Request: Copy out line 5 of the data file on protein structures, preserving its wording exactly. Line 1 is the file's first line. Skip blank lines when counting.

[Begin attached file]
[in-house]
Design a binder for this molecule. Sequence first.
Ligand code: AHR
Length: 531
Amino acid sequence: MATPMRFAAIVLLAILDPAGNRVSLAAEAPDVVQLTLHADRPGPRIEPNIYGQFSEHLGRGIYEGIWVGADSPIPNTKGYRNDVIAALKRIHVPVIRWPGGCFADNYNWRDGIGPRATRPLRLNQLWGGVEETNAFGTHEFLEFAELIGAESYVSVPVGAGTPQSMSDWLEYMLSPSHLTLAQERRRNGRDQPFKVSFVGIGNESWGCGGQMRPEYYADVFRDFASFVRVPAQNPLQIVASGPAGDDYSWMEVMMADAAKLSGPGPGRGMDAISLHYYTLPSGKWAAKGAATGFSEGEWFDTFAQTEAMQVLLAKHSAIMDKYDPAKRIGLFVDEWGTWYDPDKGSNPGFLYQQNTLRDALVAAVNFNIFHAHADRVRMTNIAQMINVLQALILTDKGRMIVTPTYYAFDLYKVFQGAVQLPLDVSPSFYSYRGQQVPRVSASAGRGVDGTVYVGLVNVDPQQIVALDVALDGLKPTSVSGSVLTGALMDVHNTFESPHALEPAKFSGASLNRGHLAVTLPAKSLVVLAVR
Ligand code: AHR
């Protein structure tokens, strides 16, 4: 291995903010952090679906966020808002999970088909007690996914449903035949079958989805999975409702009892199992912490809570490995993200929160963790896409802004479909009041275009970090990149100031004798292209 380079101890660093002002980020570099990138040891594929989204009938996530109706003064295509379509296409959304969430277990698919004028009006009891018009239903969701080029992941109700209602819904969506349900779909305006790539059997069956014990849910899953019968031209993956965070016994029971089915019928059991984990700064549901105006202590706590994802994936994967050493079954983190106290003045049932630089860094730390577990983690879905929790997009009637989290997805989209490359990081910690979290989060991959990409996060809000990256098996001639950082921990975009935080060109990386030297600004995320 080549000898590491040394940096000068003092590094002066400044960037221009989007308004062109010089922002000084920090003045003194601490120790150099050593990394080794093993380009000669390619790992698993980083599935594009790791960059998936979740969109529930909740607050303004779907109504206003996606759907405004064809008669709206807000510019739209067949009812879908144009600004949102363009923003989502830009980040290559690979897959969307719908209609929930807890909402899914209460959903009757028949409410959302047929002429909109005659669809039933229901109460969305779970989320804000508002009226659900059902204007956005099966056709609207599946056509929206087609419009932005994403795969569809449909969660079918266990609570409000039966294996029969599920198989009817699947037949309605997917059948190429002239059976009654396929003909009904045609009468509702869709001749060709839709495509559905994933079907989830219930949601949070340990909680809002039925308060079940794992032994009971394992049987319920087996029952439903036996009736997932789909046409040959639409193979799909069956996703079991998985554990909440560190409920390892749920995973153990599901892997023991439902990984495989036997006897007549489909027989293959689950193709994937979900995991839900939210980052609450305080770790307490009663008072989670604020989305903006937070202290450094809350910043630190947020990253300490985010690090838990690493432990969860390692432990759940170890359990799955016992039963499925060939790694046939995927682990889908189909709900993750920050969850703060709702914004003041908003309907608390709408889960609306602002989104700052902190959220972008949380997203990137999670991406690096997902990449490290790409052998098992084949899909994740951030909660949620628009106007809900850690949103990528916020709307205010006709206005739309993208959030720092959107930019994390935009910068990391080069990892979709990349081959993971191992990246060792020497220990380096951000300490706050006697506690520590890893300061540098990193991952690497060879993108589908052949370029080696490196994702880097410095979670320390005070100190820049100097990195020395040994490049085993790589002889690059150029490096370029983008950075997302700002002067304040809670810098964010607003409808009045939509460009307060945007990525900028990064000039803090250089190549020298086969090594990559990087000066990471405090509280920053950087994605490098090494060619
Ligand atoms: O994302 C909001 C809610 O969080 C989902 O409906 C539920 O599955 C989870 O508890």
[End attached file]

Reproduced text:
Amino acid sequence: MATPMRFAAIVLLAILDPAGNRVSLAAEAPDVVQLTLHADRPGPRIEPNIYGQFSEHLGRGIYEGIWVGADSPIPNTKGYRNDVIAALKRIHVPVIRWPGGCFADNYNWRDGIGPRATRPLRLNQLWGGVEETNAFGTHEFLEFAELIGAESYVSVPVGAGTPQSMSDWLEYMLSPSHLTLAQERRRNGRDQPFKVSFVGIGNESWGCGGQMRPEYYADVFRDFASFVRVPAQNPLQIVASGPAGDDYSWMEVMMADAAKLSGPGPGRGMDAISLHYYTLPSGKWAAKGAATGFSEGEWFDTFAQTEAMQVLLAKHSAIMDKYDPAKRIGLFVDEWGTWYDPDKGSNPGFLYQQNTLRDALVAAVNFNIFHAHADRVRMTNIAQMINVLQALILTDKGRMIVTPTYYAFDLYKVFQGAVQLPLDVSPSFYSYRGQQVPRVSASAGRGVDGTVYVGLVNVDPQQIVALDVALDGLKPTSVSGSVLTGALMDVHNTFESPHALEPAKFSGASLNRGHLAVTLPAKSLVVLAVR